I commend your instincts but I have to question your exegesis. The “sojourner” passages refer to the “ger” a legal immigrant invited to stay (as the Israelites were invited to settle in Egypt). Maimonides said illegal immigrants were killed. Now I’m not advocating the death penalty for illegal immigrants but your statement that the bible makes no distinction according to legal status depends on the English translation. I’m sure you will be able to find scholars who dispute that “ger” refers only to the legal immigrant but you will have to interact with the scholars who argue (plausibly, in my view) that the “sojourner” passages have only legal immigrants in view.
Thanks for stopping by and commenting. I took the liberty of looking up the word in the Brown-Driver-Briggs Hebrew Lexicon of the OT and the defintion it gives for the word as used in Leviticus 19:33-34, for example, is simply “sojourner” or “temporary dweller” or “new-comer (no inherited rights).” Later in the definition, it notes that the sojourner would be extended rights as well (such as sharing in the Sabbath rest). There is no mention of these being specifically “legal” immigrants as opposed to “illegal” immigrants–and I’d have to see some pretty convincing exegesis to convince me that the modern debate over these terms could be univocally applied back to the ANE context of several of these passages.
If you have a copy, you can look it up on p 158 of the Oxford hardcover edition of the BDB.
So I don’t think I’m relying here on the English meaning. I looked up the word in what is probably the most well-known Hebrew-English lexicon of the OT and did not see it restricted in the sense you claim.
I thought I’d jump in on the Hebrew lexical discussion earlier referenced. J.W. is correct in his assertion that the distinction between a legal vs. illegal immigrant is anachronistic to the worldview and language of these passages. The HALOT goes even further based on close readings of other ANE literature (much more than was available when the BDB was published) and indicates that this is a stranger in need of protection, stating:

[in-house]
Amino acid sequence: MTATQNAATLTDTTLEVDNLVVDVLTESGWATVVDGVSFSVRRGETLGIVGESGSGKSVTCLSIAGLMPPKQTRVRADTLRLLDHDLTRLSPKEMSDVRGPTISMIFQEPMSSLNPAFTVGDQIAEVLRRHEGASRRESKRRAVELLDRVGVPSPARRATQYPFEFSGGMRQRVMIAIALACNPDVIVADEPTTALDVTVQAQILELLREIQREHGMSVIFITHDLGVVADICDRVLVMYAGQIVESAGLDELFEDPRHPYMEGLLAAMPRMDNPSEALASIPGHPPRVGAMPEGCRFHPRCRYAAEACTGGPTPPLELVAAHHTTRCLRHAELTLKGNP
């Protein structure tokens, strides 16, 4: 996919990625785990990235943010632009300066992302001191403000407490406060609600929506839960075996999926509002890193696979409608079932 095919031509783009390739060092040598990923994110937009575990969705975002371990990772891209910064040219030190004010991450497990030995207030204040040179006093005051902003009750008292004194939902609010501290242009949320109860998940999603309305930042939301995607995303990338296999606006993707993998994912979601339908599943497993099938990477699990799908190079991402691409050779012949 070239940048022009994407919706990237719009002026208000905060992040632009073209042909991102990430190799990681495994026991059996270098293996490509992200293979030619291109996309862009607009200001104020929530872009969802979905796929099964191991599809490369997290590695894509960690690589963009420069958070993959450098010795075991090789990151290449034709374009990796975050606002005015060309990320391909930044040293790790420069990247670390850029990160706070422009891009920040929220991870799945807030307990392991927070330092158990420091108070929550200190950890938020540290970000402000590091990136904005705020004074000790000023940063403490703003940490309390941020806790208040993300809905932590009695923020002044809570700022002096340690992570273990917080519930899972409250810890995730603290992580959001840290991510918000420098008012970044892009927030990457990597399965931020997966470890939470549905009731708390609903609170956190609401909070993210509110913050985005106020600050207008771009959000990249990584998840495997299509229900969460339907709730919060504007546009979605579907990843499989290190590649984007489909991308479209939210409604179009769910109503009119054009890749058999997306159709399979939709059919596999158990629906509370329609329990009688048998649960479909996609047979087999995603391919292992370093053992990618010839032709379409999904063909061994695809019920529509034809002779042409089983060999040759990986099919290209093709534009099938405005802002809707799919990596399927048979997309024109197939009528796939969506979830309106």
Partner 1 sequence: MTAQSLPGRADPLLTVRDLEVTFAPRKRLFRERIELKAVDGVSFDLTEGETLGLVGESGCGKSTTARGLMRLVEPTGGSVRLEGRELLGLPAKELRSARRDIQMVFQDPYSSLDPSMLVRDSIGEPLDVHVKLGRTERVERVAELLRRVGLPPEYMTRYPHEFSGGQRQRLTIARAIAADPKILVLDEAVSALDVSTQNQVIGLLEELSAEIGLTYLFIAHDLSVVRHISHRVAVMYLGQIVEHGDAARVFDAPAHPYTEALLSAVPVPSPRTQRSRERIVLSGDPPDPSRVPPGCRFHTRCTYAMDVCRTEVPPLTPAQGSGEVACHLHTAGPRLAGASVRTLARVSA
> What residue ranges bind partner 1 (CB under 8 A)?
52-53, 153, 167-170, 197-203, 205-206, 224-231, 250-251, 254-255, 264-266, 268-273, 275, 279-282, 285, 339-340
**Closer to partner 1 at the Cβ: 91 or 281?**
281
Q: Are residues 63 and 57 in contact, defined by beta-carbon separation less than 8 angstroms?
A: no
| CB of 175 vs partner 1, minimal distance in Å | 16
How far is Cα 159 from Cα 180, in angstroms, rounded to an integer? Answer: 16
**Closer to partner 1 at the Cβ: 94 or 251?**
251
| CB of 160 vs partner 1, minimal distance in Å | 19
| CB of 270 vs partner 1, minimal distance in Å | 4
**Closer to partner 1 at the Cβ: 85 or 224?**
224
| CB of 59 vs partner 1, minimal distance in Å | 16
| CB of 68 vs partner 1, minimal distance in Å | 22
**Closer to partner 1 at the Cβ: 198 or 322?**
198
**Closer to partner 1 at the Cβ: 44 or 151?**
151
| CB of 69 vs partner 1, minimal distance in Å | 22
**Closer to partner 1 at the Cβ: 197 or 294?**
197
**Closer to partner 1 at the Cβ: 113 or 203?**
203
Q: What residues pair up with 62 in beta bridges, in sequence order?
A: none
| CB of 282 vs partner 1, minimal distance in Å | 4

“גֵּר is a man who (alone or with his family) leaves village and tribe because of war 2S 43 Is 164, famine Ru 11, epidemic, blood guilt etc. and seeks shelter and residence at another place, where his right of landed property, marriage and taking part in jurisdiction, cult and war has been curtailed….”
Sorry, for some reason I didn’t get the comment updates. Exmergent comment actually supports my point that the phrase in view doesn’t just mean immigrant in context. The sources he cites would make it equivalent to refugee. He’s certainly right that we have a lot more than may be obtained by looking up a dictionary. The Jewish authorities have a great deal to say about this, I shall quote the foremost, Maimonides. “Even a temporary resident or merchant who travels from place to place should not be allowed to pass through our land until he accepts the seven universal laws commanded to Noah and his descendants, as the verse states ‘he shall not dwell in your land'” Or we could turn to the Code of Jewish Law, “in a border city even if the non Jews approaches you (ostensibly) concerning hay one must violate the Shabbat to repel them”. It’s pretty clear how the Jews understood the passages in questions and, let’s face it, it’s their law. Then as now illegal immigration was illegal. It’s not so much that the word itself must refer to legal immigrants but rather that illegal immigrants weren’t tolerated. The commands about sojourners were irrelevant to the case of illegal immigrants as any that entered were driven back or killed.